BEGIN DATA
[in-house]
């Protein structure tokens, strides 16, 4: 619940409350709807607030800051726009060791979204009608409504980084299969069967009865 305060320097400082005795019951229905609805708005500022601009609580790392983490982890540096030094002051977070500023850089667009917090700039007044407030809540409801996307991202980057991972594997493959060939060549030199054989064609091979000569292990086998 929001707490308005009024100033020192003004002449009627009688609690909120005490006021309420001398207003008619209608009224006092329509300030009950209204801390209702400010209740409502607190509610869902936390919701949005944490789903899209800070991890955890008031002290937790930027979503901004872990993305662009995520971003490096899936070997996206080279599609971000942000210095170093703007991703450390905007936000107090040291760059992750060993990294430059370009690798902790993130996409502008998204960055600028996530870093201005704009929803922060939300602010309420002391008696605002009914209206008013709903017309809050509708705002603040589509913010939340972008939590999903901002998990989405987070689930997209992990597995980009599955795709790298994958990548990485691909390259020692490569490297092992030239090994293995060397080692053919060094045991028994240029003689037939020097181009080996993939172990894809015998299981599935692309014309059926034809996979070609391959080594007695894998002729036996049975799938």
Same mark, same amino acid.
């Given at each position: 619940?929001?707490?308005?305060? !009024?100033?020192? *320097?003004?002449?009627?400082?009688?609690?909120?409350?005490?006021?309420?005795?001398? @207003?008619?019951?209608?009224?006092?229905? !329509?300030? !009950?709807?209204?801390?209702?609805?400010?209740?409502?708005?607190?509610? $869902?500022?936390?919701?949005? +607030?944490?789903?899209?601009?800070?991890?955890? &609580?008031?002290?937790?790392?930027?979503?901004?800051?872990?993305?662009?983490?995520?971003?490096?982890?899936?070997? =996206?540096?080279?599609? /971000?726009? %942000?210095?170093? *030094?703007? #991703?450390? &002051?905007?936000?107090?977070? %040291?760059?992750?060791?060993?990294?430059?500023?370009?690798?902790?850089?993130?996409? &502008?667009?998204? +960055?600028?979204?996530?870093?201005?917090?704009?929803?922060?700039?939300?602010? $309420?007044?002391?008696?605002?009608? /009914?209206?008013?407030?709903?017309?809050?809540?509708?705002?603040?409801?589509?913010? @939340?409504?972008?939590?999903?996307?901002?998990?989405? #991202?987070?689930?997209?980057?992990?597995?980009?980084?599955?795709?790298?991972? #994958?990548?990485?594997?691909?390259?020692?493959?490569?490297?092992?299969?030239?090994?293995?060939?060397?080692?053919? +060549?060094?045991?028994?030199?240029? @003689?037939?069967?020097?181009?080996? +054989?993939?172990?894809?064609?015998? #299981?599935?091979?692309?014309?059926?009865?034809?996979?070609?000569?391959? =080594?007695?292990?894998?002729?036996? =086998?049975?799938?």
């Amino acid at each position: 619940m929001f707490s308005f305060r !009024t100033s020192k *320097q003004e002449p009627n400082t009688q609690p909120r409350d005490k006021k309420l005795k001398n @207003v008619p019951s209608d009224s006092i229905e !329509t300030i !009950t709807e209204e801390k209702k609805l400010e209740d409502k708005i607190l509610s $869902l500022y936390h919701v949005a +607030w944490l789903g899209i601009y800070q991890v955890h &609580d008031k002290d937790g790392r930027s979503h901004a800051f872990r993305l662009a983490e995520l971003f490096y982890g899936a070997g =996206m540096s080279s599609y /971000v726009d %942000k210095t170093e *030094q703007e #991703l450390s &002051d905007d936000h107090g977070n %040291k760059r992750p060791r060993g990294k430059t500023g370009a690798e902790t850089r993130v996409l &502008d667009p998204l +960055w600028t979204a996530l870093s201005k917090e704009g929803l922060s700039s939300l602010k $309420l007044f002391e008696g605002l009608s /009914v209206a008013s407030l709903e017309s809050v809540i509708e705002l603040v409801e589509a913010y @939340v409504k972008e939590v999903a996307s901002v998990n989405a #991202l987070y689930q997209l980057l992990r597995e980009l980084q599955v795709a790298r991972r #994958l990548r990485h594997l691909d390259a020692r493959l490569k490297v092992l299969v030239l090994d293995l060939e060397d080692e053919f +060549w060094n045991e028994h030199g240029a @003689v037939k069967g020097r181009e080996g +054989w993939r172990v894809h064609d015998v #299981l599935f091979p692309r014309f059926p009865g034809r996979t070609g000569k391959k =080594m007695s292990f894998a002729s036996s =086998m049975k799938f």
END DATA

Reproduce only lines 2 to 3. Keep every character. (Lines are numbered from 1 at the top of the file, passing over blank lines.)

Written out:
């Protein structure tokens, strides 16, 4: 619940409350709807607030800051726009060791979204009608409504980084299969069967009865 305060320097400082005795019951229905609805708005500022601009609580790392983490982890540096030094002051977070500023850089667009917090700039007044407030809540409801996307991202980057991972594997493959060939060549030199054989064609091979000569292990086998 929001707490308005009024100033020192003004002449009627009688609690909120005490006021309420001398207003008619209608009224006092329509300030009950209204801390209702400010209740409502607190509610869902936390919701949005944490789903899209800070991890955890008031002290937790930027979503901004872990993305662009995520971003490096899936070997996206080279599609971000942000210095170093703007991703450390905007936000107090040291760059992750060993990294430059370009690798902790993130996409502008998204960055600028996530870093201005704009929803922060939300602010309420002391008696605002009914209206008013709903017309809050509708705002603040589509913010939340972008939590999903901002998990989405987070689930997209992990597995980009599955795709790298994958990548990485691909390259020692490569490297092992030239090994293995060397080692053919060094045991028994240029003689037939020097181009080996993939172990894809015998299981599935692309014309059926034809996979070609391959080594007695894998002729036996049975799938």
Same mark, same amino acid.